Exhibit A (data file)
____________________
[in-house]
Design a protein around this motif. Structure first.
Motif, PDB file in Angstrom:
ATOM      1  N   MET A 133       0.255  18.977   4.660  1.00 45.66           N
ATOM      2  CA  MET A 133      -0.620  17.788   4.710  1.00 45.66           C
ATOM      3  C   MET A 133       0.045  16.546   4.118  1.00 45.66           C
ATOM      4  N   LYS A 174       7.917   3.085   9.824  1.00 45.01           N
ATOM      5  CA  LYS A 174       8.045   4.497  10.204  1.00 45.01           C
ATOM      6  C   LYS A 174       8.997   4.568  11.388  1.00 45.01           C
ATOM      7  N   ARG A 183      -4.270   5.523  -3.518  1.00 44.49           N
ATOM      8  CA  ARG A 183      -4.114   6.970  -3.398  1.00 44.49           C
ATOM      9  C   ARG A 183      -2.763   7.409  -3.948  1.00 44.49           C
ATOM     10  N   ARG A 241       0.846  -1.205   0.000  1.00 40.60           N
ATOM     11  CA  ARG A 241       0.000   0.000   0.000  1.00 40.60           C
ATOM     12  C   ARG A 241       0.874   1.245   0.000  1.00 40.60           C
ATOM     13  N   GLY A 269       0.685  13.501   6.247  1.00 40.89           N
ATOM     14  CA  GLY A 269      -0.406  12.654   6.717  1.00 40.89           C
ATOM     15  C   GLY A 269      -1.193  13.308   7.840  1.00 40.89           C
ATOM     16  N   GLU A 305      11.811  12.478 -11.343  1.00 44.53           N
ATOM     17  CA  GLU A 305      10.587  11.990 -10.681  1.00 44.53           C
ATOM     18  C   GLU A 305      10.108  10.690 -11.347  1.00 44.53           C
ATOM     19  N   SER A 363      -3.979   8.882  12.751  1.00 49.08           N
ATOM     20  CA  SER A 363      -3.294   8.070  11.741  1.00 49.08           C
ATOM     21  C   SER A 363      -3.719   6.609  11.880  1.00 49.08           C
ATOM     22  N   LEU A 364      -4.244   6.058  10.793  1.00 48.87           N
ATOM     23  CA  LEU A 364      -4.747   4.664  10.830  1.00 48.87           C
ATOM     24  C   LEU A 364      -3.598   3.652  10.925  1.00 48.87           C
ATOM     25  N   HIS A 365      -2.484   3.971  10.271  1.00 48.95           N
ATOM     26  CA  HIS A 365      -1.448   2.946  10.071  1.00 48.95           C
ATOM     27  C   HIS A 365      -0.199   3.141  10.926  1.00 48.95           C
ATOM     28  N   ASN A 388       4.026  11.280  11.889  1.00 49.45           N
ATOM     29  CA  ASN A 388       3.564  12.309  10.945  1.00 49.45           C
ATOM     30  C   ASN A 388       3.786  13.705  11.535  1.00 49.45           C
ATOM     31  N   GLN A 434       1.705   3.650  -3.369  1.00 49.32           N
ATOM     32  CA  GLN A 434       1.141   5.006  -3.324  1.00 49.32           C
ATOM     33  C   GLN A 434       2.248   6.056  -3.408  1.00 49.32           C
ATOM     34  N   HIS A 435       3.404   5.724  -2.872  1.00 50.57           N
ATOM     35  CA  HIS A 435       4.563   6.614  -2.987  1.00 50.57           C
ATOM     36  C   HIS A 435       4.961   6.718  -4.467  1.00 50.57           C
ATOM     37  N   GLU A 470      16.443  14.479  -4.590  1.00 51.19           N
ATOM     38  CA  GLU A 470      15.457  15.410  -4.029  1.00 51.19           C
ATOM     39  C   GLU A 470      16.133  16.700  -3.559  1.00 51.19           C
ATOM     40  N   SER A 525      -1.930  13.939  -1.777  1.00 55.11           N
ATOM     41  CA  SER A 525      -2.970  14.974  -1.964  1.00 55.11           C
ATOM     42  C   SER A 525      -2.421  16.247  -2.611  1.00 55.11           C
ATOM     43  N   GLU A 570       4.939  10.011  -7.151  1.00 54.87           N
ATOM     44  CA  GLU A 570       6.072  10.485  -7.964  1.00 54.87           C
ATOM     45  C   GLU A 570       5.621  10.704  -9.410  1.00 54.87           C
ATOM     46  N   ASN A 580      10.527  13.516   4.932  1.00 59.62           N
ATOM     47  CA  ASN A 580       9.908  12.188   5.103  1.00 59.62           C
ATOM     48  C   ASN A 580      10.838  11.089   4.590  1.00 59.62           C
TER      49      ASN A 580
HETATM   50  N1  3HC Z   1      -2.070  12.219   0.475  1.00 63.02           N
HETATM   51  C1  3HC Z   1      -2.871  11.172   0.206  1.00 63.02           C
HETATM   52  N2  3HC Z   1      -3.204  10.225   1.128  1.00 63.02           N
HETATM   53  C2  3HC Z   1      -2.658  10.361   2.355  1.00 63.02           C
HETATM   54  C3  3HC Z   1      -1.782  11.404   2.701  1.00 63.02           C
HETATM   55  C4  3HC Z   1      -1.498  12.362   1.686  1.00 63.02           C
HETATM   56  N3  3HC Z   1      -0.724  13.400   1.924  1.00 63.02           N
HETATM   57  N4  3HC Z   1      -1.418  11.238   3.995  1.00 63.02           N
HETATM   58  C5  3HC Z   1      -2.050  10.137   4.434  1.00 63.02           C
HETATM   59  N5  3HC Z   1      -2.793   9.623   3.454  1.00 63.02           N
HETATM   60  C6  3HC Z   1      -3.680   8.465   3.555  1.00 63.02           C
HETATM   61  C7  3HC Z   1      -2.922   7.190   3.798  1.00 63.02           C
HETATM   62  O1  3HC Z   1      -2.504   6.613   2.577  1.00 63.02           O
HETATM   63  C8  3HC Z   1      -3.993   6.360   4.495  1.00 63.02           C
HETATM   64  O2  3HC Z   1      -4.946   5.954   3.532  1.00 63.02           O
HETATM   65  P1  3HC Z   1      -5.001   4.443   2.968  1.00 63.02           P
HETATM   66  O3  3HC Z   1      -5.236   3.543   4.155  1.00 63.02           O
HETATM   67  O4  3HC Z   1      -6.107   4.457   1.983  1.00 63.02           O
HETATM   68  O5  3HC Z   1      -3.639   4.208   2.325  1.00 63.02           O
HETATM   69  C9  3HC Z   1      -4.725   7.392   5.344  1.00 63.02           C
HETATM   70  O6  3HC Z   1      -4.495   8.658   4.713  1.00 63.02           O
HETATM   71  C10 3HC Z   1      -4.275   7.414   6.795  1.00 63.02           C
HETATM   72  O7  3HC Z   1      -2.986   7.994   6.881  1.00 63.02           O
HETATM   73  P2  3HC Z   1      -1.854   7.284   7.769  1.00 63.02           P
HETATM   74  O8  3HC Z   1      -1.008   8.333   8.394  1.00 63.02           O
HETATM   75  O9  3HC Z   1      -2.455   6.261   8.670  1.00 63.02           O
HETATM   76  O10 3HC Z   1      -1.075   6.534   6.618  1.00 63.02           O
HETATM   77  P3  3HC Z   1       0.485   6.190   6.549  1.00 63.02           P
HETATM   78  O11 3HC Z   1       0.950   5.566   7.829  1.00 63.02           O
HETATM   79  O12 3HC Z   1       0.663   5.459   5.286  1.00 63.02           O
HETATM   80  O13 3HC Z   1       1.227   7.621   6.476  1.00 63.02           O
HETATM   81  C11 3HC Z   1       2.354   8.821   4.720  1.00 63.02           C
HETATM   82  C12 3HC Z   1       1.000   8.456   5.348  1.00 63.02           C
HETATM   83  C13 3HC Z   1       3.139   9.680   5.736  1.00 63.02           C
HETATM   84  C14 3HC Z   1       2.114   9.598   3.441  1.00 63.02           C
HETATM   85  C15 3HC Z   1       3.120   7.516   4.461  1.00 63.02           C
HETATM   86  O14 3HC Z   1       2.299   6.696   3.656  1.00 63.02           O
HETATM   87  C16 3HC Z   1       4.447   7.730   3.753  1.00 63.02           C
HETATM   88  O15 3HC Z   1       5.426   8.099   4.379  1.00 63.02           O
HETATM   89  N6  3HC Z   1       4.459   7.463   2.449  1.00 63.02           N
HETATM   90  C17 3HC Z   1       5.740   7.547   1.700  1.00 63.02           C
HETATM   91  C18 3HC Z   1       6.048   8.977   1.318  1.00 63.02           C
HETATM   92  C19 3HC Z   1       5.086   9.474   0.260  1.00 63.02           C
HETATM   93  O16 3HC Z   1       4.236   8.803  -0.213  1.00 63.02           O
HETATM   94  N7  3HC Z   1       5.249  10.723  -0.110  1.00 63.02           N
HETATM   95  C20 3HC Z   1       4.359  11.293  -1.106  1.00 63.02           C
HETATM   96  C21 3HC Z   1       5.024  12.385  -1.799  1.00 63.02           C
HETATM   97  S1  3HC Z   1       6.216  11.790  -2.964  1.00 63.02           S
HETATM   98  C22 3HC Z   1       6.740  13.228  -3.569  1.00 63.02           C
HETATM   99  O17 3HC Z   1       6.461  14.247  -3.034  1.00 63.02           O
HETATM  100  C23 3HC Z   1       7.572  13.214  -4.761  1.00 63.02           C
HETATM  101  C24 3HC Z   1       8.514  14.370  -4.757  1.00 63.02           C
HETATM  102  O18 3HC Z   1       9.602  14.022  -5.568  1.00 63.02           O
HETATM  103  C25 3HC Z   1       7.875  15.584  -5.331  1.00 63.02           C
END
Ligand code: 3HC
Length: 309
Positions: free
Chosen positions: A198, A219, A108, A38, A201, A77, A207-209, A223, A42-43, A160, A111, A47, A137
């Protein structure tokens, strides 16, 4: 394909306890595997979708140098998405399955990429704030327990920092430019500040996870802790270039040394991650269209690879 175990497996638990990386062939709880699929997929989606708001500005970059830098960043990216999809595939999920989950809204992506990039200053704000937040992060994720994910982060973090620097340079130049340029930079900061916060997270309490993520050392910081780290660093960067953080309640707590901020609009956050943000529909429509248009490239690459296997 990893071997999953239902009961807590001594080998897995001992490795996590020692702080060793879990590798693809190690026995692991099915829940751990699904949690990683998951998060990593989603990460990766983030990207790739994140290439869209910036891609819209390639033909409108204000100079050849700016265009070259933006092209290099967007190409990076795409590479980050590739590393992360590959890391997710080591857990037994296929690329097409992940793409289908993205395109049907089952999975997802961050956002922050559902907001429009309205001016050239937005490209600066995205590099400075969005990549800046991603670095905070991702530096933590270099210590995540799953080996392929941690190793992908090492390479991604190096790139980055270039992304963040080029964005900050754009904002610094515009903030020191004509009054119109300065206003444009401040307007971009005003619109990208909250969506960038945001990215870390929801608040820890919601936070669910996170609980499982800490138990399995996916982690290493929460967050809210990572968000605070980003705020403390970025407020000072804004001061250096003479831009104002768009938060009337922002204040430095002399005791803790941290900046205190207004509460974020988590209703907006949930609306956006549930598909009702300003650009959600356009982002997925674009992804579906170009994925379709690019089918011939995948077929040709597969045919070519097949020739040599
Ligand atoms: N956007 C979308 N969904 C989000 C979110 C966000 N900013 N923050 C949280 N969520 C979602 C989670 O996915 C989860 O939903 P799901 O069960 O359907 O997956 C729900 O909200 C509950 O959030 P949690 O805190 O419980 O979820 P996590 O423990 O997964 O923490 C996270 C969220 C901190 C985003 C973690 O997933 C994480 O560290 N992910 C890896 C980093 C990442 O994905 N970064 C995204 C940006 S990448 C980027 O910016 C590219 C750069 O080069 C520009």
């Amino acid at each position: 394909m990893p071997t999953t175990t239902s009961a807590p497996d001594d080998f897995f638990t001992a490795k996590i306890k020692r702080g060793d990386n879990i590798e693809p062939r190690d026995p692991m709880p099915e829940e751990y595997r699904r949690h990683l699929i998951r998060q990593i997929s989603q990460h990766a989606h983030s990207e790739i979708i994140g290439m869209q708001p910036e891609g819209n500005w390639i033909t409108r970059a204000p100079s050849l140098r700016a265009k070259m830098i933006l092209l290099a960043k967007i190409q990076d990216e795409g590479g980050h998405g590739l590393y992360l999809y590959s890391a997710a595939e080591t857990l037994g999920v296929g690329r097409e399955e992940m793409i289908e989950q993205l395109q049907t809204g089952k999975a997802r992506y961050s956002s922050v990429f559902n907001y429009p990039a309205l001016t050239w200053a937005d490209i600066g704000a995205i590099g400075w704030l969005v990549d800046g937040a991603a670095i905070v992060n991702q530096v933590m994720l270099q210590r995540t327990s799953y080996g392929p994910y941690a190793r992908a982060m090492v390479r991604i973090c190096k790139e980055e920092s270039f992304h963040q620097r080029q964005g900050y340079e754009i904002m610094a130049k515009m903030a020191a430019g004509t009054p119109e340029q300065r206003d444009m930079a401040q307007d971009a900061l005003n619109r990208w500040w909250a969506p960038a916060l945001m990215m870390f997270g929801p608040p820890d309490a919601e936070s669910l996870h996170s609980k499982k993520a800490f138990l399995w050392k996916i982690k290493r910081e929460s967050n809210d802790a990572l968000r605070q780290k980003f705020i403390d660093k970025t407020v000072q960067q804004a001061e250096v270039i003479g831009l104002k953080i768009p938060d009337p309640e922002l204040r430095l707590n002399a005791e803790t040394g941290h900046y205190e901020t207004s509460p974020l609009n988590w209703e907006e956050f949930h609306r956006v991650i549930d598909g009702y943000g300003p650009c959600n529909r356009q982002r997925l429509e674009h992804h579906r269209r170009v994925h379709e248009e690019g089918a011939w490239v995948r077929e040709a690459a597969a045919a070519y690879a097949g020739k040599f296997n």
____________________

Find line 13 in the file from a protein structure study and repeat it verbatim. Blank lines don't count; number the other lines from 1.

ATOM     10  N   ARG A 241       0.846  -1.205   0.000  1.00 40.60           N